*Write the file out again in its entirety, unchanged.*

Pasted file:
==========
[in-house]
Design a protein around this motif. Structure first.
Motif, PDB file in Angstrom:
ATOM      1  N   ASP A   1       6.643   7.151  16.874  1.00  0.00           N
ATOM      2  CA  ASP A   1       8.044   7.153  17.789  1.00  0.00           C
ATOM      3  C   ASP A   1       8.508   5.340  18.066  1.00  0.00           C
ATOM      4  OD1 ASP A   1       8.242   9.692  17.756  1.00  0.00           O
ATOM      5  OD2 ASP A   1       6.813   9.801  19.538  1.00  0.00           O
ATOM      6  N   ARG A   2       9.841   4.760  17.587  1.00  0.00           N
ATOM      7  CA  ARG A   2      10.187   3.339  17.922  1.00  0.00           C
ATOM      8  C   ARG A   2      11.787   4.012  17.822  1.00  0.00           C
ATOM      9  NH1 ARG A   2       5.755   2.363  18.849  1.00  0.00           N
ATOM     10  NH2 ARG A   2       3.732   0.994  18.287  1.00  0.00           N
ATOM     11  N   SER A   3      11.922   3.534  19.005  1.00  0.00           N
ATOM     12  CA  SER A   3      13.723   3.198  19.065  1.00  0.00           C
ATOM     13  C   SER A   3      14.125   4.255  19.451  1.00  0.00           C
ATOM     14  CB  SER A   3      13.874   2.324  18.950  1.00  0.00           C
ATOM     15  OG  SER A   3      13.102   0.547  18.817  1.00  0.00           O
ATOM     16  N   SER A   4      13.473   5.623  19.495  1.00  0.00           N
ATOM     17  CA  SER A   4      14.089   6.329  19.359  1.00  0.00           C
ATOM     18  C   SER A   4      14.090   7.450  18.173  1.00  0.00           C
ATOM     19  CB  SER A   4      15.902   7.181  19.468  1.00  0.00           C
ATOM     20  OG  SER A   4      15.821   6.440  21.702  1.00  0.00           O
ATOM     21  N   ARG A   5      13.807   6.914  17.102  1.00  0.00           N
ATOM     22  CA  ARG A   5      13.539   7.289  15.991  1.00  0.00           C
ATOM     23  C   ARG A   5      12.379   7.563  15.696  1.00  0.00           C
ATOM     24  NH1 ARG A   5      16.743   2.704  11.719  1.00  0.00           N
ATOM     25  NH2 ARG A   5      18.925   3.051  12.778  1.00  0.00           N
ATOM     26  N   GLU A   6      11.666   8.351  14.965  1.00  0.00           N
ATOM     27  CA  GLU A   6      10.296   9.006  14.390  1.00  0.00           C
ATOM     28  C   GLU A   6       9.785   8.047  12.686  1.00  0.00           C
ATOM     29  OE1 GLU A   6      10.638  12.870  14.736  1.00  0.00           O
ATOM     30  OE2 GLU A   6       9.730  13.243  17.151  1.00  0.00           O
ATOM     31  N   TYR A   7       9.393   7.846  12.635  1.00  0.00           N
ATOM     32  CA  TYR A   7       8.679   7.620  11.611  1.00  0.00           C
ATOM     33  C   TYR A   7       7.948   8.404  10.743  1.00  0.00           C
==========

[in-house]
Design a protein around this motif. Structure first.
Motif, PDB file in Angstrom:
ATOM      1  N   ASP A   1       6.643   7.151  16.874  1.00  0.00           N
ATOM      2  CA  ASP A   1       8.044   7.153  17.789  1.00  0.00           C
ATOM      3  C   ASP A   1       8.508   5.340  18.066  1.00  0.00           C
ATOM      4  OD1 ASP A   1       8.242   9.692  17.756  1.00  0.00           O
ATOM      5  OD2 ASP A   1       6.813   9.801  19.538  1.00  0.00           O
ATOM      6  N   ARG A   2       9.841   4.760  17.587  1.00  0.00           N
ATOM      7  CA  ARG A   2      10.187   3.339  17.922  1.00  0.00           C
ATOM      8  C   ARG A   2      11.787   4.012  17.822  1.00  0.00           C
ATOM      9  NH1 ARG A   2       5.755   2.363  18.849  1.00  0.00           N
ATOM     10  NH2 ARG A   2       3.732   0.994  18.287  1.00  0.00           N
ATOM     11  N   SER A   3      11.922   3.534  19.005  1.00  0.00           N
ATOM     12  CA  SER A   3      13.723   3.198  19.065  1.00  0.00           C
ATOM     13  C   SER A   3      14.125   4.255  19.451  1.00  0.00           C
ATOM     14  CB  SER A   3      13.874   2.324  18.950  1.00  0.00           C
ATOM     15  OG  SER A   3      13.102   0.547  18.817  1.00  0.00           O
ATOM     16  N   SER A   4      13.473   5.623  19.495  1.00  0.00           N
ATOM     17  CA  SER A   4      14.089   6.329  19.359  1.00  0.00           C
ATOM     18  C   SER A   4      14.090   7.450  18.173  1.00  0.00           C
ATOM     19  CB  SER A   4      15.902   7.181  19.468  1.00  0.00           C
ATOM     20  OG  SER A   4      15.821   6.440  21.702  1.00  0.00           O
ATOM     21  N   ARG A   5      13.807   6.914  17.102  1.00  0.00           N
ATOM     22  CA  ARG A   5      13.539   7.289  15.991  1.00  0.00           C
ATOM     23  C   ARG A   5      12.379   7.563  15.696  1.00  0.00           C
ATOM     24  NH1 ARG A   5      16.743   2.704  11.719  1.00  0.00           N
ATOM     25  NH2 ARG A   5      18.925   3.051  12.778  1.00  0.00           N
ATOM     26  N   GLU A   6      11.666   8.351  14.965  1.00  0.00           N
ATOM     27  CA  GLU A   6      10.296   9.006  14.390  1.00  0.00           C
ATOM     28  C   GLU A   6       9.785   8.047  12.686  1.00  0.00           C
ATOM     29  OE1 GLU A   6      10.638  12.870  14.736  1.00  0.00           O
ATOM     30  OE2 GLU A   6       9.730  13.243  17.151  1.00  0.00           O
ATOM     31  N   TYR A   7       9.393   7.846  12.635  1.00  0.00           N
ATOM     32  CA  TYR A   7       8.679   7.620  11.611  1.00  0.00           C
ATOM     33  C   TYR A   7       7.948   8.404  10.743  1.00  0.00           C